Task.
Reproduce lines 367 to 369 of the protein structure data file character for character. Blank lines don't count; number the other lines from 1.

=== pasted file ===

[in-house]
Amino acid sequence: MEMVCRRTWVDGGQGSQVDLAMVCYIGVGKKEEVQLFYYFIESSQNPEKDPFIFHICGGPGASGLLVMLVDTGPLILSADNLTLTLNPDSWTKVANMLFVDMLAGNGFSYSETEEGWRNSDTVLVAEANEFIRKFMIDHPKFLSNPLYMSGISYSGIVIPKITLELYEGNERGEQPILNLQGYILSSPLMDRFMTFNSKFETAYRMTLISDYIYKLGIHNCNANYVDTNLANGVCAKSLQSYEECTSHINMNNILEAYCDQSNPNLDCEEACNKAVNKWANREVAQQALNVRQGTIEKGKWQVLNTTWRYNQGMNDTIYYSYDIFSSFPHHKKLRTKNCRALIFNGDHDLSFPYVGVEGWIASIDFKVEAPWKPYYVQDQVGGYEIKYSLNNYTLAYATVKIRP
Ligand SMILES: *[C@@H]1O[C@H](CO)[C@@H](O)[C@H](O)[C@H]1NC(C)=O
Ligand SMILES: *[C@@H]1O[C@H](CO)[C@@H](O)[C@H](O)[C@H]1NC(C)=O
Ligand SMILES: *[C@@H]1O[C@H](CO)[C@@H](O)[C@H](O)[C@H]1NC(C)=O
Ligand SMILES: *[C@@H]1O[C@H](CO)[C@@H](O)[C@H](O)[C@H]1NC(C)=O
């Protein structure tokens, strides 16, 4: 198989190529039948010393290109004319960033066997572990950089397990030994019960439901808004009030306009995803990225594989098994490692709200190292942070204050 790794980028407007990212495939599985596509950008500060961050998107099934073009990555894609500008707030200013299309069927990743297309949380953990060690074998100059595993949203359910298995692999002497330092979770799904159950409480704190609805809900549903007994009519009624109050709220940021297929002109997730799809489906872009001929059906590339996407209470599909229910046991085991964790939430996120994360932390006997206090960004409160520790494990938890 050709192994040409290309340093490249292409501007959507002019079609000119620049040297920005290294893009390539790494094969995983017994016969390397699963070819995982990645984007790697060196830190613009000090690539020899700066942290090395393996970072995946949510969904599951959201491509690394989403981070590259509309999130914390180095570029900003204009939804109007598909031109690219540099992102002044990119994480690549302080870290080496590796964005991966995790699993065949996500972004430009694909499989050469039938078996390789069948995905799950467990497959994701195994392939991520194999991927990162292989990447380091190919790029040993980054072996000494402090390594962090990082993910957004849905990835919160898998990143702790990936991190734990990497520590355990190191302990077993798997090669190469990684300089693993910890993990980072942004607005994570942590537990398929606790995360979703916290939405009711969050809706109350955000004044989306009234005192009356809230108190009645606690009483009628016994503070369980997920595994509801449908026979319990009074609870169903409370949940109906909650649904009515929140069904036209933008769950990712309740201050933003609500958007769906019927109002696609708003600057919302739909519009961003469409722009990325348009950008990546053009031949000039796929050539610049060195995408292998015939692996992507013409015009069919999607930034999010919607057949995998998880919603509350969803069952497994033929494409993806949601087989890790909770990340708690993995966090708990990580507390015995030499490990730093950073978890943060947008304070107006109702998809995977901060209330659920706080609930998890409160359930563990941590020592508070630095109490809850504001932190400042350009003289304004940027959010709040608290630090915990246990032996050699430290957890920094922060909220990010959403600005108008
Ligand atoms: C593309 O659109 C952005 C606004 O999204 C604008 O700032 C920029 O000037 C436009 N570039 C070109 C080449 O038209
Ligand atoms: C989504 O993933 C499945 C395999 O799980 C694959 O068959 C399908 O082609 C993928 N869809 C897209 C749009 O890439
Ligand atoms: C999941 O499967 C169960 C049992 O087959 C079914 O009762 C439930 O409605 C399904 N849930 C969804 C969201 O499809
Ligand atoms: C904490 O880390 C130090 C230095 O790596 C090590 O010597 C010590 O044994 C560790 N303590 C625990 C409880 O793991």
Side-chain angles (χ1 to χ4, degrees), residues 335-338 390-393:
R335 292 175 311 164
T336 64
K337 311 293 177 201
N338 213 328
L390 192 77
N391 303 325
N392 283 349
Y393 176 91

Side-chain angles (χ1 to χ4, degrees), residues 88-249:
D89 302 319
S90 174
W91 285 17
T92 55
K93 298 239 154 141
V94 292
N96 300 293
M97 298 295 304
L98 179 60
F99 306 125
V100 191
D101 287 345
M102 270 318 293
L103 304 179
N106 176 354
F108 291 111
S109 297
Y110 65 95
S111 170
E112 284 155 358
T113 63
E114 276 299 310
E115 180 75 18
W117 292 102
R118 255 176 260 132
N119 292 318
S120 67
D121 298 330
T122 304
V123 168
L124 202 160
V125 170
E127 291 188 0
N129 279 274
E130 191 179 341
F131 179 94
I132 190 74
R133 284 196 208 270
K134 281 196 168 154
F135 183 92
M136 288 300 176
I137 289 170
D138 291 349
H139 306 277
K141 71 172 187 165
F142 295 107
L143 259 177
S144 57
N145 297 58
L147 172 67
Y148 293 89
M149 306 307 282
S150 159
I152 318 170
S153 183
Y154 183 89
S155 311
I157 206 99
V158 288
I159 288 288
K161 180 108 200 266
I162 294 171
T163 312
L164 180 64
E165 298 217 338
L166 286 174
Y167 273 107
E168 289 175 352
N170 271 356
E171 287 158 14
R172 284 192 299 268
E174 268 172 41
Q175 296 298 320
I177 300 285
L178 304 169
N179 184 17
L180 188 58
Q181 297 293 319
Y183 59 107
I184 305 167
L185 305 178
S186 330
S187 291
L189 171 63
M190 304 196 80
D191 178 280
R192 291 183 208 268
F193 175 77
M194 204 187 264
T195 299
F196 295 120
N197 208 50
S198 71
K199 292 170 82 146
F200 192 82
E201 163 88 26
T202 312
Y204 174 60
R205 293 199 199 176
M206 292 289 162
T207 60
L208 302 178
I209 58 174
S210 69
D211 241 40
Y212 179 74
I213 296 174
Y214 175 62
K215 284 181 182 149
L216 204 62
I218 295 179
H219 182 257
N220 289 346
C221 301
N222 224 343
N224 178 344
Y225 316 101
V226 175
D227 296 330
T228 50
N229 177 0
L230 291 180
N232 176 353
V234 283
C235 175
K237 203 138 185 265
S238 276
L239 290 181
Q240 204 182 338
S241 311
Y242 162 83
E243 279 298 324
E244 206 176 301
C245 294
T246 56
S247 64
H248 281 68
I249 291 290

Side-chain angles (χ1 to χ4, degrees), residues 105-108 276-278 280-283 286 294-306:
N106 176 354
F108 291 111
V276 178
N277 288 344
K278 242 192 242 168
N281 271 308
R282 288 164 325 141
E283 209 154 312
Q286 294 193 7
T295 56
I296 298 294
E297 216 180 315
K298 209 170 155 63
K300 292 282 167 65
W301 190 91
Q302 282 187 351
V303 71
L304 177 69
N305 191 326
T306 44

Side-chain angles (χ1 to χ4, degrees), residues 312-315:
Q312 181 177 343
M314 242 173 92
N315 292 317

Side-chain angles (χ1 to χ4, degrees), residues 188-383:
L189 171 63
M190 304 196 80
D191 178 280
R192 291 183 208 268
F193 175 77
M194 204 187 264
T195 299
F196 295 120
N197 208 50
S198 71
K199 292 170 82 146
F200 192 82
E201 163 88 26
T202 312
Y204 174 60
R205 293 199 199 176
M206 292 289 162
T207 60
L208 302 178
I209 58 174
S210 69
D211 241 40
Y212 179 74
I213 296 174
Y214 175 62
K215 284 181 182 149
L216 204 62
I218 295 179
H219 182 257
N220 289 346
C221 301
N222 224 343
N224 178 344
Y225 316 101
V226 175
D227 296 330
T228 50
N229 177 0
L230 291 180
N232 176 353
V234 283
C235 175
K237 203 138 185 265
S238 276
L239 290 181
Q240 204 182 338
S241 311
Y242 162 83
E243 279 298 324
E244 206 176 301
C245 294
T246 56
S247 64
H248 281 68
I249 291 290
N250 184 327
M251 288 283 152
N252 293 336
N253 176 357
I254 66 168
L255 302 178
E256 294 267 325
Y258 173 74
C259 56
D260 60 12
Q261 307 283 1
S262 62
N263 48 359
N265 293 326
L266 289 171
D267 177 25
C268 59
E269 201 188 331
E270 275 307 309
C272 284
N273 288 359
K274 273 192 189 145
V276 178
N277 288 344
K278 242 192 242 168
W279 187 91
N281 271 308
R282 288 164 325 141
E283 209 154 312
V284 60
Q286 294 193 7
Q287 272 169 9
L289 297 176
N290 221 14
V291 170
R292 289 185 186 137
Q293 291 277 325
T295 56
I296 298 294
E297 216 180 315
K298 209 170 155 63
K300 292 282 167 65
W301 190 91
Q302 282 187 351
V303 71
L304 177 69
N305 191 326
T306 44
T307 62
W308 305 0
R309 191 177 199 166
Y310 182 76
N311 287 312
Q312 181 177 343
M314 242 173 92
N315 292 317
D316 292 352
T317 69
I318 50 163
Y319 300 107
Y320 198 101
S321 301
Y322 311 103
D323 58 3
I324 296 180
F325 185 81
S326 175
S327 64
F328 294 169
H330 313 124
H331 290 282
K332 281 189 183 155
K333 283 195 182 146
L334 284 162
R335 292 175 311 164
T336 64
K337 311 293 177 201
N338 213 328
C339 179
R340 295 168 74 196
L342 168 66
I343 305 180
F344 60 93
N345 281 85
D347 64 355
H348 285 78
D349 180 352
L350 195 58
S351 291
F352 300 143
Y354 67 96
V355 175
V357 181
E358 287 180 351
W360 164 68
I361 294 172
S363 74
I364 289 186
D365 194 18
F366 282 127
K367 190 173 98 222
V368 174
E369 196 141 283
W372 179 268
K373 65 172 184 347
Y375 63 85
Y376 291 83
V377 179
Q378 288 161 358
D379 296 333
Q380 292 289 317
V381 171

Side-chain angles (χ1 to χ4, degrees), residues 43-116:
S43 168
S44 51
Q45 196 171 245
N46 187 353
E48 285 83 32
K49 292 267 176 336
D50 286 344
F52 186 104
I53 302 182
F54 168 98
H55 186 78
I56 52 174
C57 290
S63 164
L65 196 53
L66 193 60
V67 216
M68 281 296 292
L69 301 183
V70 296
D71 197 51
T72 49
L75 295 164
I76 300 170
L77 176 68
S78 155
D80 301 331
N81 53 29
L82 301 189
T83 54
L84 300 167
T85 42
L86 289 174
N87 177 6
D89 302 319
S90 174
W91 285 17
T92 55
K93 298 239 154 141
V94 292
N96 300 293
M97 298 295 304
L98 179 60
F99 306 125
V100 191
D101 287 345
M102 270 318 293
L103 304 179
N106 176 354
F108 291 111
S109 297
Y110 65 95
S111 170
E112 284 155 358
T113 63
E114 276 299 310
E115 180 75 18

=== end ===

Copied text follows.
S63 164
L65 196 53
L66 193 60